Since the Federal Awardee Performance and Integrity Information System opened to the public on April 15, 2011, contractors have been concerned that their trade secrets and other proprietary information might also become accessible. With good reason—the interim version of FAR 52.209-9 provided for the public availability of all newly submitted information other than “past performance reviews.”

The final rule on public access to FAPIIS specifically addresses the problem. Rather than simply ignoring Freedom of Information Act exemptions entirely as the interim rule did, the final form of FAR 52.209-9 (Jan. 3, 2012) [pdf] includes a mechanism that allows the contractor to identify information covered by a FOIA exemption.

Continue Reading Applying FOIA exemptions to contractor information in FAPIIS

It’s a common assumption in litigation under the Freedom of Information Act that trade secrets lose value with the passage of time. The January 19, 2011 decision in Taylor v. Babbitt, No 03-0173-RMU (D.D.C. Jan. 19, 2011), shows there’s much more to the story. The case involved a 2002 FOIA request seeking “plans, blueprints, specifications, engineering drawings and data” submitted to the government in 1935 in support of a type certificate application for the Fairchild F-45.  After a harrowing ride through the court system, including a trip to the Supreme Court, United States District Judge Ricardo M. Urbina ordered the government to produce the 75-year-old documents.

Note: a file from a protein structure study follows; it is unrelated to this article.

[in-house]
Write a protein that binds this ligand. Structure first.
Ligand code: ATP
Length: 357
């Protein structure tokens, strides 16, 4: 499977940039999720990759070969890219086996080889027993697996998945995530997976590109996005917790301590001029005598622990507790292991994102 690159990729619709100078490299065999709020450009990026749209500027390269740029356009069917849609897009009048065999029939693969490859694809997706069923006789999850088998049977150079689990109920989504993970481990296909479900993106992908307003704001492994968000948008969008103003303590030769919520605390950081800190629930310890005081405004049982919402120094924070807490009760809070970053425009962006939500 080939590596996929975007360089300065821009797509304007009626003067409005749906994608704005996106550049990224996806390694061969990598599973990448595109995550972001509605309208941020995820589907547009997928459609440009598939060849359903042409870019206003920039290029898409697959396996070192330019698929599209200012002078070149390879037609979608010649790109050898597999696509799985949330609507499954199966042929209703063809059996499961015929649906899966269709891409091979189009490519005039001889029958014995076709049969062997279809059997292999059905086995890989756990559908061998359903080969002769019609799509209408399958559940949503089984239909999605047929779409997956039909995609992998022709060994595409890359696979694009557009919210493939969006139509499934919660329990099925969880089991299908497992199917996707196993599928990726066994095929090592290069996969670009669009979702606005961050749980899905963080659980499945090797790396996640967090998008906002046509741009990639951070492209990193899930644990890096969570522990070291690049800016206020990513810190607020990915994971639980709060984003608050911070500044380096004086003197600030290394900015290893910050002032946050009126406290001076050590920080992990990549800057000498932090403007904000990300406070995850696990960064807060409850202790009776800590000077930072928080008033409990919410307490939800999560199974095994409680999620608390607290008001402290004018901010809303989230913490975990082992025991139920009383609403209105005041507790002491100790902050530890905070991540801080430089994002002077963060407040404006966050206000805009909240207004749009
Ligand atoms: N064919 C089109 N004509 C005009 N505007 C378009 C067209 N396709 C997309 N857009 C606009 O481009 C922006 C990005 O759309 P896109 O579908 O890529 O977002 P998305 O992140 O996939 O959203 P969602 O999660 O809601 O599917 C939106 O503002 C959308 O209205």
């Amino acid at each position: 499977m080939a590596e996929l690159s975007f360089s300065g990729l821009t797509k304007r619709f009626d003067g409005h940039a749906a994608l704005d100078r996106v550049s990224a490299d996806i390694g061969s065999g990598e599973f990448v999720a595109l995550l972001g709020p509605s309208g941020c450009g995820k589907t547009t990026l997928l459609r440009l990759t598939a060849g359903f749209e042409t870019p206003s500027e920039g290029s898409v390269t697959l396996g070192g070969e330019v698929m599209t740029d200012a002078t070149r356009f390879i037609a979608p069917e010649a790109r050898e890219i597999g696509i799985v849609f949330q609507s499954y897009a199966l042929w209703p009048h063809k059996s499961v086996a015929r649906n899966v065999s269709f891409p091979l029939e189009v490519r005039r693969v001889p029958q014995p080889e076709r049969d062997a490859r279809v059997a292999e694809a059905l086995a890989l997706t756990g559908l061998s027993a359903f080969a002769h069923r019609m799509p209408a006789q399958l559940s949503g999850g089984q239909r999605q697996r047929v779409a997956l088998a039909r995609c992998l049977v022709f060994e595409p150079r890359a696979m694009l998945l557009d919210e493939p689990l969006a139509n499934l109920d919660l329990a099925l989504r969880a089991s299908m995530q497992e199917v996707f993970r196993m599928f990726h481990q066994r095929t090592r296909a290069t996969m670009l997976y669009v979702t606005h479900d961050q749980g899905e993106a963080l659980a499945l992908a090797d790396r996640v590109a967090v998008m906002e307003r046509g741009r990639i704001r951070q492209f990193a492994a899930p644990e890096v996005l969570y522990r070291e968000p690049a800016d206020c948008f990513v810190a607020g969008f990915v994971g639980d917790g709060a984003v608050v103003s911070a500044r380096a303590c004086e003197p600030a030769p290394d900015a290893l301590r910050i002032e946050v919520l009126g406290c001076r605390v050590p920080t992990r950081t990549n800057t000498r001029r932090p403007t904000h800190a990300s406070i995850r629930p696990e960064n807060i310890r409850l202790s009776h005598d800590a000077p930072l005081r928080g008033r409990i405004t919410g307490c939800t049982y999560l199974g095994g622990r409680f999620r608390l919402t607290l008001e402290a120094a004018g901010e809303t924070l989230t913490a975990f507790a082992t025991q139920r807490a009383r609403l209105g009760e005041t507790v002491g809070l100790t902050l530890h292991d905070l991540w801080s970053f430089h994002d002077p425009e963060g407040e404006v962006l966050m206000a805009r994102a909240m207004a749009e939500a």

Continue Reading FOIA trade secrets exemption unavailable for 75-year-old aircraft design

Executive compensation disclosures.  Opening FAPIIS to the public.  While there are good arguments for both sides about the wisdom of these new contractor transparency initiatives, it is interesting to note that they seem to conflict with recent court decisions supporting contractor efforts to limit the public availability of their data.
Continue Reading Do federal contractor transparency initiatives conflict with FOIA caselaw?